Jeremy Vetter uses the term an ‘epistemic rift’ to describe the divide we place between humans and nature. Although there is no actual separation between ourselves and nature, we have developed fundamentally different ways of understanding each. The reparation of this is as much about resituating ourselves in wilderness and in non-urban landscapes as it is about reconceptualizing urban environments themselves. The latter is what has been driving contemporary landscape architecture, however I think the former has been left behind.
As much as the anthropocene is conceived by the spatial scale of our actions in the land, it is more so a profound subversion of the temporal scale of a given process. The spatial consequences are evident, but more dramatic is the way we now drive the time scales of Earth systems. Coming to terms with the anthropocene offers an opportunity to consider not only how we situate ourselves in the world, but how we situate ourselves in time. We might shift towards establishing values that respond to the immediate human time scale, but also transcend generations — to create what J.B. Jackson calls “a sense of place, a sense of time.”
Landscape architecture needs to actualize itself within this ongoing epoch; the anthropocene is not a condition we should simply respond to, it is something that we continually create. Further, it is not an epoch that we can design ourselves out of. This is an opportunity to make a fundamental shift from landscape architecture as reparation to a discipline taking active agency in creating places we aspire to.
Frederick Law Olmsted’s approach to landscape architecture was very much about the creation of values. Although his work is now understood primarily within urban environments, it was not created through the lens of the city. I think that the discipline might reprise itself as a fundamental generator of values in the landscape, especially outside of the urban environment, in the kinds of places where some of our most important personal and collective values are held.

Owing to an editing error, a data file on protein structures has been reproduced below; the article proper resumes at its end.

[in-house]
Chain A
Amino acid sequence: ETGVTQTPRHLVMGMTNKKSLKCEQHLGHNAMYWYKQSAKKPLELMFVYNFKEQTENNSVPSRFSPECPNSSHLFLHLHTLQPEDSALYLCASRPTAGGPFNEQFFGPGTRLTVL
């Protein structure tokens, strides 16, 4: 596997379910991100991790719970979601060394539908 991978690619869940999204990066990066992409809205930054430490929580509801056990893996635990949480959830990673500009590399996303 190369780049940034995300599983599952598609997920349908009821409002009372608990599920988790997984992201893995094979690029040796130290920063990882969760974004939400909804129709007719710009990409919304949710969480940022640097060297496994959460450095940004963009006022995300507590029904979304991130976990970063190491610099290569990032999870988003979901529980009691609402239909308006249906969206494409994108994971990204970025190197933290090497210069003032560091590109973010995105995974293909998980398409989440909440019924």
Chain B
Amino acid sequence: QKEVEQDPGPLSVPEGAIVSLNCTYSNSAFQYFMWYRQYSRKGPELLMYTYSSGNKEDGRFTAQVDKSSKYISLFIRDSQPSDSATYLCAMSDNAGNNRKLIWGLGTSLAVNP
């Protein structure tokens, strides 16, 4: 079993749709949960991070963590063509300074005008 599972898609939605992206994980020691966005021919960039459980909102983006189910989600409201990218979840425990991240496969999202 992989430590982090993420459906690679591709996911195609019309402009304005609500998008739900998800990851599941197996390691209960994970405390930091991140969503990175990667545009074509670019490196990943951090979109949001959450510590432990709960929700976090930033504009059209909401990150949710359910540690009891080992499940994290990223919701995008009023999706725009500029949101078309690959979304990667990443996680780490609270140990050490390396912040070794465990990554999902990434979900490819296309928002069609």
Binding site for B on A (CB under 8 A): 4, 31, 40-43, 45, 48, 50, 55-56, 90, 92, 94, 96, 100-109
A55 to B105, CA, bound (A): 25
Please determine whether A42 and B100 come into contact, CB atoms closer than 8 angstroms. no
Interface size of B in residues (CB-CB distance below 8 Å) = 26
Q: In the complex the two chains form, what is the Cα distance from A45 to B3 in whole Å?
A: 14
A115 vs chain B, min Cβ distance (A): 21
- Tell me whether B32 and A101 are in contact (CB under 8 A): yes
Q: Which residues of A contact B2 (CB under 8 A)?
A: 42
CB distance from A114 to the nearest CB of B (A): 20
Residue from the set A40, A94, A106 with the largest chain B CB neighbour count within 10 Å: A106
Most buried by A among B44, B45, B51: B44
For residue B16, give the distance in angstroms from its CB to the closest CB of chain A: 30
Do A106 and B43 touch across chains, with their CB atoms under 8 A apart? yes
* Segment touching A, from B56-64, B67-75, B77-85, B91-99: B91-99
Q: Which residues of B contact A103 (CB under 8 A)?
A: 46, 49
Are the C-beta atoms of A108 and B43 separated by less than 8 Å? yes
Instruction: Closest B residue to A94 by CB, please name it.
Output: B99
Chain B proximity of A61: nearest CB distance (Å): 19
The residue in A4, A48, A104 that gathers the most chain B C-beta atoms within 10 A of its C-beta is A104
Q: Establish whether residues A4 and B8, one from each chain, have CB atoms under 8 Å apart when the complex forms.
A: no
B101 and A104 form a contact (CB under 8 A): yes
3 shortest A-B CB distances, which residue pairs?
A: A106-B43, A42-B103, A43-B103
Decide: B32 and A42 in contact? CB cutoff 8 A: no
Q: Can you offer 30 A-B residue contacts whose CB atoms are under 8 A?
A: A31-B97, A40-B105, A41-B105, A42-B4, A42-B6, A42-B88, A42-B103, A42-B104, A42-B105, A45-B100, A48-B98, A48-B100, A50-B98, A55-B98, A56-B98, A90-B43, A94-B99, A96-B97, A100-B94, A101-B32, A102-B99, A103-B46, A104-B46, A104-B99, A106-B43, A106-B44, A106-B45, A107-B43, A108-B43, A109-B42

The discipline of landscape architecture ought to maintain it’s breadth across the spectrum of environments — from wilderness to the rural and to the urban. This spectrum of environments is actually highly connected, both in terms of Earth systems and in the way our individual and collective identities are formed. In the rush to positively affect many people directly, the opportunity to affect many more in much more profound and elemental ways has languished.
I think that a continual re-evaluation of the values that underpin any given project is fundamentally a good thing, and that this could be done mindfully with an eye towards better understanding the potential of the discipline. Landscape architecture ought to operate more holistically in terms of what it accomplishes as a discipline and leave room for the exploration of what it is we can accomplish. I think that the presence of outliers, operating at the fringes of landscape architecture, will always be a good thing.